The credit markets have begun to recover but, despite massive intervention by the Fed, are not back to levels before the COVID-19 crisis. For example, a U.S. Corporate 1-5 Year BBB-Rated Index trades at a spread over 30 basis points wider than the longer-duration U.S. Corporate 5-10 Year Index.2 In more normal market environments, shorter-duration credit spreads are narrower, which indicates that pricing pressures are continuing to negatively affect the short portion of the yield curve.
So what actions has the Federal Reserve taken? After aggressively cutting interest rates in early and mid-March, the Fed began addressing liquidity concerns in fixed income markets on March 17. Its policies have addressed dislocations (supply and demand imbalances) in money market and commercial paper markets, overnight funding markets, primary and secondary corporate issuance and asset-backed security markets, to name a few. Throughout the past few weeks, the Federal Reserve has acted with unprecedented size and speed and has indicated that it is committed to continuing to use its balance sheet to restore liquidity to fixed income markets. The nearby table provides an overview of the Fed’s recent initiatives.
4. Why is this current environment well-suited to active management?
The COVID-19 pandemic has created panic in financial markets and will certainly have a negative economic impact across the world for some period of time. However, over the next few years, the global economy will likely recover from this negative impact, and companies that have staying power will be the beneficiaries. There will be many winners and losers, as there are in all crises. We have already seen that the energy and financial sectors have been the most punished in the S&P 500. While we do not make top-down decisions to avoid certain sectors, we do prefer to own companies with superior business models and limited capital spending requirements, less cyclicality and lower financial leverage. Therefore, it is not surprising that our portfolios were underweight to these more cyclical sectors. As always, we take comfort in investing with managers who have significant wealth invested alongside our clients and who are spending their time analyzing and stress testing their portfolios to invest in the most resilient, mission-critical businesses with proven cash flows and conservative balance sheets. These businesses will be best positioned to succeed when the COVID-19 crisis is resolved.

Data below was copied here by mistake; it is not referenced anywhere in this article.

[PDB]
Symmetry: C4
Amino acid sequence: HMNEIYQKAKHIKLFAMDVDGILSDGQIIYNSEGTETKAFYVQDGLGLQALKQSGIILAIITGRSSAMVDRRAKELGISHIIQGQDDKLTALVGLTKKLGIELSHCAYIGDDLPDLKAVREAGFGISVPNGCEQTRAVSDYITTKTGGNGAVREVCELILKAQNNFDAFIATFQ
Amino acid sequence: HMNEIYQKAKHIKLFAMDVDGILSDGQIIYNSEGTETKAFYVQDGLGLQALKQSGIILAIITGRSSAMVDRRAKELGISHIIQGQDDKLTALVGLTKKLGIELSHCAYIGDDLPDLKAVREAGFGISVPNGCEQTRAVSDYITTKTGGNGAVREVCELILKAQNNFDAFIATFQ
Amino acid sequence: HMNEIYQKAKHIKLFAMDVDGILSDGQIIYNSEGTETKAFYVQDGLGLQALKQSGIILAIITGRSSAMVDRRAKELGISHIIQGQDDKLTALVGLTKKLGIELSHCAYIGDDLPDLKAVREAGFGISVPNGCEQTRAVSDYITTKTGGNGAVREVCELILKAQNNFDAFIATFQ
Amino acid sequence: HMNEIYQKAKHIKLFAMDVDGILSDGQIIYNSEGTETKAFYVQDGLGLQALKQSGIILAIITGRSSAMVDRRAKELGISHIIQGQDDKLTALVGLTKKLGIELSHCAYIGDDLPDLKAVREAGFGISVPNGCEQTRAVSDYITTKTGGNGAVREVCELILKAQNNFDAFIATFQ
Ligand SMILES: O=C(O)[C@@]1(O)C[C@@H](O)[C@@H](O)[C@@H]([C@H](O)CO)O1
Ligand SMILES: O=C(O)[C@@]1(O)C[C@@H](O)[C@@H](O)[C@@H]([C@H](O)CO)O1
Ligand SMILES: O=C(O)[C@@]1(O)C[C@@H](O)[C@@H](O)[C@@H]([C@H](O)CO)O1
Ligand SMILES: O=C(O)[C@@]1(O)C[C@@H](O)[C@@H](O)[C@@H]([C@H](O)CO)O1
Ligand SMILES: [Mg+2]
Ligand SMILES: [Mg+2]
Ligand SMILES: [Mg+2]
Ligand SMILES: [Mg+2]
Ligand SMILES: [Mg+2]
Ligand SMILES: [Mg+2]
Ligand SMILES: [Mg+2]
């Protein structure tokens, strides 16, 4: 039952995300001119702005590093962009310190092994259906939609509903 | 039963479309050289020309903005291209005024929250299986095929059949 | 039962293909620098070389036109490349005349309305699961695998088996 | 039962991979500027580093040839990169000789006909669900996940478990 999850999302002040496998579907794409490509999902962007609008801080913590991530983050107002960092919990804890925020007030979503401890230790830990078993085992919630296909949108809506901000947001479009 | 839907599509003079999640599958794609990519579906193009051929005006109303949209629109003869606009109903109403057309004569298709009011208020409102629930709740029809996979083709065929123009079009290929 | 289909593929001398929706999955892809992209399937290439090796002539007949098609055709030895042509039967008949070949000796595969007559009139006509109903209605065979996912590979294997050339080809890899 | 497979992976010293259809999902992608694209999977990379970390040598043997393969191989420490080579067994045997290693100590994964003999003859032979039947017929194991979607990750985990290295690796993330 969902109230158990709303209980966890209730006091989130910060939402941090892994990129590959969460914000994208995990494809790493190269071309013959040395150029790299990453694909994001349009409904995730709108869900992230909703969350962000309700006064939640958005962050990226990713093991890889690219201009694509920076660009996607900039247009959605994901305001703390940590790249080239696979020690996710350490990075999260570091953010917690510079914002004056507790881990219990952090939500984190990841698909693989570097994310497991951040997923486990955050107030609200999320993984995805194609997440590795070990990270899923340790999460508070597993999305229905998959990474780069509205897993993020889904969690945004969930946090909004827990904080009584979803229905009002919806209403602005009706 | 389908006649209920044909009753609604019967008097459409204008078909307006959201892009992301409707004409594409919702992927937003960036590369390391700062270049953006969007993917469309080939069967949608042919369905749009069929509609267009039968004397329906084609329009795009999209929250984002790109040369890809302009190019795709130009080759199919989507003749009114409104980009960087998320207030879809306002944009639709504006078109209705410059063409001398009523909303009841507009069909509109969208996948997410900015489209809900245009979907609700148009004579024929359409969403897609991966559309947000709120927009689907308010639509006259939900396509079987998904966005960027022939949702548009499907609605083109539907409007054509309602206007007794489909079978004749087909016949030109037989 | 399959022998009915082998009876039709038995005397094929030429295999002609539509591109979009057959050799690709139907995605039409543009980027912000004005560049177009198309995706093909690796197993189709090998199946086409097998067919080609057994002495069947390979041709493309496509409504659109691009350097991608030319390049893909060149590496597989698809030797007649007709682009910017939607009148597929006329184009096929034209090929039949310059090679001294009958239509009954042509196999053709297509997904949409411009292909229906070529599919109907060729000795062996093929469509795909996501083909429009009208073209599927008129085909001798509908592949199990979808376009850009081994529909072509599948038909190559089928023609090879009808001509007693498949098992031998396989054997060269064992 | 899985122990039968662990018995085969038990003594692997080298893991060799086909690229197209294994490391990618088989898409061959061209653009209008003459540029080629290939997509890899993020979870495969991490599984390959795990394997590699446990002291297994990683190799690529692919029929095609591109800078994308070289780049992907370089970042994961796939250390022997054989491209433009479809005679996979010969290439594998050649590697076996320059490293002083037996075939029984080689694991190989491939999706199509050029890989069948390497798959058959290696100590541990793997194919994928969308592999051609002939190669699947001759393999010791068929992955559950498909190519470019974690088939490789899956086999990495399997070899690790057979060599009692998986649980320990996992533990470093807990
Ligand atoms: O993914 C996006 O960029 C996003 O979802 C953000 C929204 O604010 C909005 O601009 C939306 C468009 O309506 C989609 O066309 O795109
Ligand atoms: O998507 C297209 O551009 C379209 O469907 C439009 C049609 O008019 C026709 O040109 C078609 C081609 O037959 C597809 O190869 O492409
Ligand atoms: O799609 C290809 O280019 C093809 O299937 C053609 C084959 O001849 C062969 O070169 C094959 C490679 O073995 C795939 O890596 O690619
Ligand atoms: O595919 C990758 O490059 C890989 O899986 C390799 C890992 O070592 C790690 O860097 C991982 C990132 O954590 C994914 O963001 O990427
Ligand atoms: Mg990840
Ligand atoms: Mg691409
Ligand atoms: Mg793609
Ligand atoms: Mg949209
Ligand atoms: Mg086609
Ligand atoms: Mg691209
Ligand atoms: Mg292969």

Finally, we thought it was worth repeating a quote from Rudyard Kipling that one of our managers shared with us on a recent investor call. It is truer today than ever!
“If you can keep your head when all about you are losing theirs …
If you can wait and not be tired by waiting …
If you can think – and not make thoughts your aim …
If you can trust yourself when all men doubt you …
Yours is the Earth and everything that’s in it.”
-Rudyard Kipling, “If”
Past performance does not guarantee future results.
Brown Brothers Harriman & Co. (“BBH”) may be used as a generic term to reference the company as a whole and/or its various subsidiaries generally. This material and any products or services may be issued or provided in multiple jurisdictions by duly authorized and regulated subsidiaries. This material is for general information and reference purposes only and does not constitute legal, tax or investment advice and is not intended as an offer to sell, or a solicitation to buy securities, services or investment products. Any reference to tax matters is not intended to be used, and may not be used, for purposes of avoiding penalties under the U.S. Internal Revenue Code, or other applicable tax regimes, or for promotion, marketing or recommendation to third parties. All information has been obtained from sources believed to be reliable, but accuracy is not guaranteed, and reliance should not be placed on the information presented. This material may not be reproduced, copied or transmitted, or any of the content disclosed to third parties, without the permission of BBH. All trademarks and service marks included are the property of BBH or their respective owners. © Brown Brothers Harriman & Co. 2020. All rights reserved. PB-03466-2020-04-02
1 As measured by the S&P 500. Data as of April 1, 2020.
2 One “basis point,” or “bp,” is 1/100th of a percent (0.01% or 0.0001). ICE/BofA U.S. Corporate Indices. Data as of March 31, 2020.